This Ain't No Lie!

When I was in the Army going to ASA [Military Intelligence ?? stop laughing...right now!!!] Officer's school in Ft Devens, Massachusetts, several of us rented a house north of the Fort on a big lake and drove to/from every day.
In that era, due to Viet Nam buildups, all base housing was filled so they actually paid us [ nonavailability of $16/day plus $.15 ((?)) a mile to commute ] to live off base and reimbursed mileage both ways.
Well, the Army starts early in the morning and you HAD to be on time. We wore Class A dress uniforms to class most days.
So one summer day when I had just enuf time to make it to base, I am driving along that lake at 40MPH when a duck flew directly into the side of my car. is the good part--old cars [ yes...I am old ] had wing vents you could open in front of the rolled down windows [ yes--I was around even before power windows....] This duck impaled itself in that space [ at least part of it did---the rest hit me in the driver's seat].
After the initial shock [caused me to actually run off the road ], I recovered on the shoulder to try and figure out what the hell had happened.
It was LOUD, QUICK [ not quack], and totally UNEXPECTED !!!
I was covered in blood and guts but very few feathers [ most of these were still on the duck wedged into the vent].
So what do you do...when you have to be at class?
I shoved the duck out and drove to Ft Devens.
Remember ...some days we had to stop at the gate and produce picture ID.
When I attempted to do that, the MP on duty saw an officer drive up to the gate covered in blood and immediately panicked --NO SH**!!
As I remember they were asking me where I was shot, who did it, etc.
While I was explaining to them, more MP's and an ambulance showed up.
Thinking I was in shock because of all the blood and the stupid story about "the duck"---they wanted to take me to the base hospital.
It seemed like it took me hours to convince them of what actually happened.
By the time I got to class about 45 minutes late [ still with a uniform covered in blood]...I thought I was really in trouble for being late and in a dirty Class A uniform...
BUT ---OH NO ---the story had spread around the base like a wild fire --and everyone came to laugh at me...and rub it in!!
Someone, a few days later, even put a duck decal on my car...and the joke was I needed four more kills to become an ace!!!
As far as I am concerned, "The Duck" won that battle.

B-69, well, we were coming in to Seoul Ice on the ground.  We had taken off the chains, bad idea. I wasn't driving, but was in the back with several others.  apparently the driver(??) hit some ice and we hit a very large concrete power pole. from 40 miles an hour to dead stop instantly.  the guy riding in the front seat hurt his ear.  I was sitting in the back with my back to the driver.  when we struck the pole everyone else sitting in the back was sent flying into me.  Didn't think I was hurt, but we got back to Alamo and the next day I had the worst case of whiplash I could imagine.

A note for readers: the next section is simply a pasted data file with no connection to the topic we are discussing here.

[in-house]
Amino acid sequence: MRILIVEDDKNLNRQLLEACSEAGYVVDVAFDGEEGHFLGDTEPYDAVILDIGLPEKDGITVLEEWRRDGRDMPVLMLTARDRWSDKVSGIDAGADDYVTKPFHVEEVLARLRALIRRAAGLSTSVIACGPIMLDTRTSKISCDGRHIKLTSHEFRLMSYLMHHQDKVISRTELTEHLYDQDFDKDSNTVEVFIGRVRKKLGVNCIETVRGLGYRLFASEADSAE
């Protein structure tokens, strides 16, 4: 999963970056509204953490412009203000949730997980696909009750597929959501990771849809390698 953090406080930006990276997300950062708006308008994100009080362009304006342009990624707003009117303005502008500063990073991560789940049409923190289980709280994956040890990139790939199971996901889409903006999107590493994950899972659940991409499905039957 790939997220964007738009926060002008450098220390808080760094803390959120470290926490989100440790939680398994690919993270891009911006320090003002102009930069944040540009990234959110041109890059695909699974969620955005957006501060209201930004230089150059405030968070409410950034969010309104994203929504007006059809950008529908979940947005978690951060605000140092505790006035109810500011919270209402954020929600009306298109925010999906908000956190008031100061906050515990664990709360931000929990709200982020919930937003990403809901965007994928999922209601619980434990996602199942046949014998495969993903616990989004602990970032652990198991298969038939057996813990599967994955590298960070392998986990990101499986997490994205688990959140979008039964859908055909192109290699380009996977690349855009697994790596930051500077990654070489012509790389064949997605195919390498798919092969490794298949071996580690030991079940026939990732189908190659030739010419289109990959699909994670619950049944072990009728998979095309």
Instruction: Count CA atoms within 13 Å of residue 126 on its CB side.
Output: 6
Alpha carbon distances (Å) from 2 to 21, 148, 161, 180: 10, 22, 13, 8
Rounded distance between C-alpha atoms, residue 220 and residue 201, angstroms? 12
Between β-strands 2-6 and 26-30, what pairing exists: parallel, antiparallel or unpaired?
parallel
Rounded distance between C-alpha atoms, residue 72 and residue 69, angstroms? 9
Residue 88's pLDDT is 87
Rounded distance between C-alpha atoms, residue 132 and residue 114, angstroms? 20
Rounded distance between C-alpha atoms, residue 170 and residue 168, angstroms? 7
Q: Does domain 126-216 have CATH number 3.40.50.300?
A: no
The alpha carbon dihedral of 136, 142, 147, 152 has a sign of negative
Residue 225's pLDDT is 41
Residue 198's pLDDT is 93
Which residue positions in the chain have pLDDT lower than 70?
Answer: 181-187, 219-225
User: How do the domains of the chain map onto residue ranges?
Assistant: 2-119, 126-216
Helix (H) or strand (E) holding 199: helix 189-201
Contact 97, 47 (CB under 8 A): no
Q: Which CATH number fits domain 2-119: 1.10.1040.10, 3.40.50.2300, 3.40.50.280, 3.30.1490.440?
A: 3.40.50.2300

That was a bad year for trucks in Korea .  Before I came to Alamo I was at Hwaaksan (Det K).  We used to make a run to town (I think it was Chun Chon) and several rivers were forded.  On one run during heavy rains a deuce washed away.  Fortunately no one was killed.


I always have regretted not being a pheasant hunter when I was at Alamo .  I remember there being a lot of them.


The most chilling thing I remember about both Alamo  (and to a lesser extent Hwaaksan) was the detrius of war seeping out of the hillsides every time it rained or there was a frost – old pieces of equipment, stick grenade heads, landmines, etc.  It brought home just how much that country had been fought over.  Alamo changed hands several times and Hwaaksan was the site of a major battle involving UK troops.  I used to look at that stuff and think about the guys before me who died there.  Does anyone remember who the madman was who used to collect old mines and grenades throw rocks at them to see if they would go off?  


The other thing that sticks with me is standing on that hill at the site and looking into over the DMZ into NK at night.  Dark, a million stars and a frigid wind blowing down the Chorwon Valley from the Gulf of Wonsan .

Just a sample of what we remember. Co. B Alumni - sign up and see the rest of the real stories!